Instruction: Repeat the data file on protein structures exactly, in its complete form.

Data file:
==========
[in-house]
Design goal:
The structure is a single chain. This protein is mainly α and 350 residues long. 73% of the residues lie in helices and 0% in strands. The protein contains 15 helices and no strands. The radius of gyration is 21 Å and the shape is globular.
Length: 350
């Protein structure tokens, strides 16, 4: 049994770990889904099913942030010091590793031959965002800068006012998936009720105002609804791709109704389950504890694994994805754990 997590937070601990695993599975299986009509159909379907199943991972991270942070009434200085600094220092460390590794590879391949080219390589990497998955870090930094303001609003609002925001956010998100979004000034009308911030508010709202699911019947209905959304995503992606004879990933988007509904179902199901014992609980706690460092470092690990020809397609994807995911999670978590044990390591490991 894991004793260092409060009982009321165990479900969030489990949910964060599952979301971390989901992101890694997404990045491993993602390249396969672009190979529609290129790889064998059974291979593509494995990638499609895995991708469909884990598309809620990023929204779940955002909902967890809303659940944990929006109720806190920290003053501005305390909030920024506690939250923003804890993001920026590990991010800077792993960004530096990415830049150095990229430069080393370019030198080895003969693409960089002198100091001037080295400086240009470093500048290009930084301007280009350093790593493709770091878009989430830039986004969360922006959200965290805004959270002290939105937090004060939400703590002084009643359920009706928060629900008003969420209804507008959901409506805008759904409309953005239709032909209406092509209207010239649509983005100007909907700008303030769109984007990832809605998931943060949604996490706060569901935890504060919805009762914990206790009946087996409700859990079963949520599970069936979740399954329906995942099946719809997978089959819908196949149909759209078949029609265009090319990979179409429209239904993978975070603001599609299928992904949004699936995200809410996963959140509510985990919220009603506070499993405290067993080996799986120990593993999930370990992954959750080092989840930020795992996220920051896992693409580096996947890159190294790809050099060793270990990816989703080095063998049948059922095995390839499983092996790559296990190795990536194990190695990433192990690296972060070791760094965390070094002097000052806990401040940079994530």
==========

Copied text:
[in-house]
Design goal:
The structure is a single chain. This protein is mainly α and 350 residues long. 73% of the residues lie in helices and 0% in strands. The protein contains 15 helices and no strands. The radius of gyration is 21 Å and the shape is globular.
Length: 350
């Protein structure tokens, strides 16, 4: 049994770990889904099913942030010091590793031959965002800068006012998936009720105002609804791709109704389950504890694994994805754990 997590937070601990695993599975299986009509159909379907199943991972991270942070009434200085600094220092460390590794590879391949080219390589990497998955870090930094303001609003609002925001956010998100979004000034009308911030508010709202699911019947209905959304995503992606004879990933988007509904179902199901014992609980706690460092470092690990020809397609994807995911999670978590044990390591490991 894991004793260092409060009982009321165990479900969030489990949910964060599952979301971390989901992101890694997404990045491993993602390249396969672009190979529609290129790889064998059974291979593509494995990638499609895995991708469909884990598309809620990023929204779940955002909902967890809303659940944990929006109720806190920290003053501005305390909030920024506690939250923003804890993001920026590990991010800077792993960004530096990415830049150095990229430069080393370019030198080895003969693409960089002198100091001037080295400086240009470093500048290009930084301007280009350093790593493709770091878009989430830039986004969360922006959200965290805004959270002290939105937090004060939400703590002084009643359920009706928060629900008003969420209804507008959901409506805008759904409309953005239709032909209406092509209207010239649509983005100007909907700008303030769109984007990832809605998931943060949604996490706060569901935890504060919805009762914990206790009946087996409700859990079963949520599970069936979740399954329906995942099946719809997978089959819908196949149909759209078949029609265009090319990979179409429209239904993978975070603001599609299928992904949004699936995200809410996963959140509510985990919220009603506070499993405290067993080996799986120990593993999930370990992954959750080092989840930020795992996220920051896992693409580096996947890159190294790809050099060793270990990816989703080095063998049948059922095995390839499983092996790559296990190795990536194990190695990433192990690296972060070791760094965390070094002097000052806990401040940079994530």